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Supermarkets including Tesco, Sainsbury’s Waitrose and Co-op 'will pay police to scan shoplifters' faces' in crackdown
11 September 2023, 10:56 | Updated: 20 September 2023, 10:12
Ten retailers will take part in a scheme dubbed 'Project Pegasus' to clampdown on shoplifting gangs.
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British retailers have agreed to pay £600,000 towards a police operation to clamp down on shoplifters as part of government efforts to ensure all forces show zero tolerance.
The police run CCTV images of shoplifters through the Police National Database which uses facial recognition technology to identify suspects.
Policing Minister Chris Philp has asked police leaders to create a target list of the most prolific shoplifters to create a national shoplifting database, which will be circulated to retailers and police forces.
Mr Philp has said Project Pegasus is a "zero-tolerance plan to target shoplifting", adding that the crime creates a sense of lawlessness.
Police are expected to report back to Mr Philp in six to eight weeks.
It comes as the British Retail Consortium (BRC) warned widespread shoplifting was contributing to a 27% rise in losses - with about £1bn a year being ceded due to theft.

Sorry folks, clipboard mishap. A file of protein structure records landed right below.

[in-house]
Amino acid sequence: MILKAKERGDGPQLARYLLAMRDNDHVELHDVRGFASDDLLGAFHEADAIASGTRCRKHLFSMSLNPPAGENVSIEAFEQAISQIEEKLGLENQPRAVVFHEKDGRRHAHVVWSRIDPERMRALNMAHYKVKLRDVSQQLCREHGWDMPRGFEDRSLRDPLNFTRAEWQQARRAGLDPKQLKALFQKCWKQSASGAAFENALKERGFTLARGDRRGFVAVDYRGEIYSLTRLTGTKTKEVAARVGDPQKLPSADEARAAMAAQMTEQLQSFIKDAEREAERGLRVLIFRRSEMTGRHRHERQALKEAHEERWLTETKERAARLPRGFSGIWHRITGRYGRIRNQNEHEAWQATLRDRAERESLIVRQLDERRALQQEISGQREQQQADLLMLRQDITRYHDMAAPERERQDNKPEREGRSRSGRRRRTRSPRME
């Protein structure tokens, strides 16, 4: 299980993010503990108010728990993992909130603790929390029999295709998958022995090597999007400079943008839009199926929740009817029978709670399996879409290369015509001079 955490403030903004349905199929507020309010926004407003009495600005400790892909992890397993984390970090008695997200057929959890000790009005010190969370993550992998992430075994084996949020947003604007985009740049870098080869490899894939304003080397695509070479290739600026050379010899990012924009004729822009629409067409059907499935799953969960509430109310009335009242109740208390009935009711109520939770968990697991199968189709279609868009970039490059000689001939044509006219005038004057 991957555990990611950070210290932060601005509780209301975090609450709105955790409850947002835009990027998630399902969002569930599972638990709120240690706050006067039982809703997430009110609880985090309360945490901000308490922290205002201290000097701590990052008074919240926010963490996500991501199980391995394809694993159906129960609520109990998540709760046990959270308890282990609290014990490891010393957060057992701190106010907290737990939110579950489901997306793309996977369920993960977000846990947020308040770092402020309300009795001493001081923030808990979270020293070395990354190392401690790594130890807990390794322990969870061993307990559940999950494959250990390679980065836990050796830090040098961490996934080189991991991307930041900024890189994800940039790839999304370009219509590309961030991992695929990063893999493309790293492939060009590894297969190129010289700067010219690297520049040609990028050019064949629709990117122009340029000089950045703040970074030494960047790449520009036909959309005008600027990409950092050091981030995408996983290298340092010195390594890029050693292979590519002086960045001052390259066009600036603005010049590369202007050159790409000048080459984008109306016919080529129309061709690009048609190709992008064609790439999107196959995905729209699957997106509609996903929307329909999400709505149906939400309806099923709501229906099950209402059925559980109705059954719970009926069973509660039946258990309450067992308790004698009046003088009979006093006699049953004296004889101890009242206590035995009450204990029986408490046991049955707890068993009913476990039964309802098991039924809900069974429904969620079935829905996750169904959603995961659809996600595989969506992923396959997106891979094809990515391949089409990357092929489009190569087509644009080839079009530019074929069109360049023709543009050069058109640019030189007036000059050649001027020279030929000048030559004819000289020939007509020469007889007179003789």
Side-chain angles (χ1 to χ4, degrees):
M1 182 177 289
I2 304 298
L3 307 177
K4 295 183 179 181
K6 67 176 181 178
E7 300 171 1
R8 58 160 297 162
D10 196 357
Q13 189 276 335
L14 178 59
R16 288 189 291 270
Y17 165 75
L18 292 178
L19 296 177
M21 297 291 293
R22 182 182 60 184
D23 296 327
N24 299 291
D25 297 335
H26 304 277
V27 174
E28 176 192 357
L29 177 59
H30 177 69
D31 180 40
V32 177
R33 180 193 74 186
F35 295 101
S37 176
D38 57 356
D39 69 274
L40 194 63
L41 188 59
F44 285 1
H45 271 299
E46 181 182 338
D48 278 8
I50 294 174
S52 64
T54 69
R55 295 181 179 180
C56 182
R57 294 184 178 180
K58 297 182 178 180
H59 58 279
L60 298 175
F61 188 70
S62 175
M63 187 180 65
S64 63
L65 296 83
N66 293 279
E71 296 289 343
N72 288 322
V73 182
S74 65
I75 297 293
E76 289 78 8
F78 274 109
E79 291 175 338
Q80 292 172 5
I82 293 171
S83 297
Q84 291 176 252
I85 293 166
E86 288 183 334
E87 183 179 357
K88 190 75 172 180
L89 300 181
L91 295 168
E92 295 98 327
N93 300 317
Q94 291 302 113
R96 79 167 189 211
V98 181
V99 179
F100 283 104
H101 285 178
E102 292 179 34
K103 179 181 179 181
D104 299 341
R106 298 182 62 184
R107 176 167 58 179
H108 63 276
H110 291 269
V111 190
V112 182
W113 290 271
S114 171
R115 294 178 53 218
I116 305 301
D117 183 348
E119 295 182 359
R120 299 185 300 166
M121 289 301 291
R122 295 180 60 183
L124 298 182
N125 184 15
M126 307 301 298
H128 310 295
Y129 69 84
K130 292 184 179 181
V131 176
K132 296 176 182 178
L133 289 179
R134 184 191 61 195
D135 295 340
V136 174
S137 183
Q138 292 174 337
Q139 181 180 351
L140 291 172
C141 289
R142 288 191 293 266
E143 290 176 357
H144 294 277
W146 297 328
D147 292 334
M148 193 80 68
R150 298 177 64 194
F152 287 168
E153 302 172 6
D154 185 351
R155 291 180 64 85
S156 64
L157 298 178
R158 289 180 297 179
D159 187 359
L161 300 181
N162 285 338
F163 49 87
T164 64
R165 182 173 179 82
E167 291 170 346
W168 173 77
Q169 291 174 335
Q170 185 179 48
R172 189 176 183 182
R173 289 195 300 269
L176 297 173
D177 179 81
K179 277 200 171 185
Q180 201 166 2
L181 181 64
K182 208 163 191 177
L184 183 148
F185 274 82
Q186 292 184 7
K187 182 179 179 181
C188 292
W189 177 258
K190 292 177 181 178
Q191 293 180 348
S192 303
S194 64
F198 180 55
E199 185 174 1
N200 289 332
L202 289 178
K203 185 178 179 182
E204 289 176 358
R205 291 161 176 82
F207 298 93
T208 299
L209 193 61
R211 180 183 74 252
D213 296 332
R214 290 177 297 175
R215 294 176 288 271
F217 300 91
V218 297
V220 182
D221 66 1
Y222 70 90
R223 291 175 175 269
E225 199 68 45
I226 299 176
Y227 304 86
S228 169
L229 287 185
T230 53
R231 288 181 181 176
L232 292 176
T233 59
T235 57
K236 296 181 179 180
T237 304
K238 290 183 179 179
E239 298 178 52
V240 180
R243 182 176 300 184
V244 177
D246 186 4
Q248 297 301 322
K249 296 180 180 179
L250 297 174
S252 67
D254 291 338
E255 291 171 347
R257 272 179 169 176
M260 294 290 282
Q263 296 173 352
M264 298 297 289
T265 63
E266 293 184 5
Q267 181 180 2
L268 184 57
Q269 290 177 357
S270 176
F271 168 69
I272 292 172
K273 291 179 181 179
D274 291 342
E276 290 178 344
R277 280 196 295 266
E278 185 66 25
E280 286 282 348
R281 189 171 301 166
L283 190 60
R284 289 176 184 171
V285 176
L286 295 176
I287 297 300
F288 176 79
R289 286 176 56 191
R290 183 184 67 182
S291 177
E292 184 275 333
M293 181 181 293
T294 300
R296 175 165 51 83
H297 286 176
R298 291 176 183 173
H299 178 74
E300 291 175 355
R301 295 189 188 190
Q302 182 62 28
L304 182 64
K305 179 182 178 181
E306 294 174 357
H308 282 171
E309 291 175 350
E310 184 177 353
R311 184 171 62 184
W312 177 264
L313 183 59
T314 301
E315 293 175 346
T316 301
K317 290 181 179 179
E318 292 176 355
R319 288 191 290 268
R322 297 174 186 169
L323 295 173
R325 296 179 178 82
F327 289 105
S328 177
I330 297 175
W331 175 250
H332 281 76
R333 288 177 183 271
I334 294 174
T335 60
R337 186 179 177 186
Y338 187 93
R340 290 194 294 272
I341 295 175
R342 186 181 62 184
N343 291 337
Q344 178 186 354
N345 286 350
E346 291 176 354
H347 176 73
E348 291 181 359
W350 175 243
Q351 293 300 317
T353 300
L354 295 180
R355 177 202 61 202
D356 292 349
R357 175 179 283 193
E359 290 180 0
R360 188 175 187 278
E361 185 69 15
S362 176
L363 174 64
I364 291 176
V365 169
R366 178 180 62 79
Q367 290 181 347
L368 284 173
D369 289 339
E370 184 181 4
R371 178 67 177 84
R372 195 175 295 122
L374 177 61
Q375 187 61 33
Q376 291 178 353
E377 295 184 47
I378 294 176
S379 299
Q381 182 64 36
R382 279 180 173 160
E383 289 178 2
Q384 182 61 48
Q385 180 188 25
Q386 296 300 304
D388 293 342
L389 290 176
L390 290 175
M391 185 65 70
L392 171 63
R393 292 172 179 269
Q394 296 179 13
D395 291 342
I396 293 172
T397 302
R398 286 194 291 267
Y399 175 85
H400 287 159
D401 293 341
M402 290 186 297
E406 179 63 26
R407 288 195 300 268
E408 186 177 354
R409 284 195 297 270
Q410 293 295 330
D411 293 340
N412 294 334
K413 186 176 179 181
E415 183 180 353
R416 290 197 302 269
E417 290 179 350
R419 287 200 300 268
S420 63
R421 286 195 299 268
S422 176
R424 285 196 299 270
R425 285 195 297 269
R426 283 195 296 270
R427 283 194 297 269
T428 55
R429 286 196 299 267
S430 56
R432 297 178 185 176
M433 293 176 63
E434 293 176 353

Police recorded more than 330,000 cases of shoplifting in the year to March - of which 48,000 led to charges - but the BRC estimates there have been at least eight million instances.
The spike in shoplifting is from organised gangs who deploy individuals to bulk-steal high-value items, such as wine and steak from shops.
These items are then re-sold to institutions like corner shops and pubs
Shoplifting crisis is a ‘policing capacity challenge’ says Met Commissioner
Police chiefs have called Project Pegasus a 'game changer' as it will give them a nationwide picture of where shoplifting gangs operate and target.
Retailers, including John Lewis, Co-op, Waitrose, Next, Tesco and Sainsbury's, have financially contributed to the project.
In the first six months of 2023, the Co-op recorded a 35 per cent increase in shoplifting and a 36 per cent rise in staff assaults.
The Co-op's campaigns and public affairs director, Paul Gerrard said: "I think Pegasus is a very good thing, we are very supportive of it financially and in terms of what it’s trying to achieve and in particular we think it will give us police action on the back of the intelligence it creates."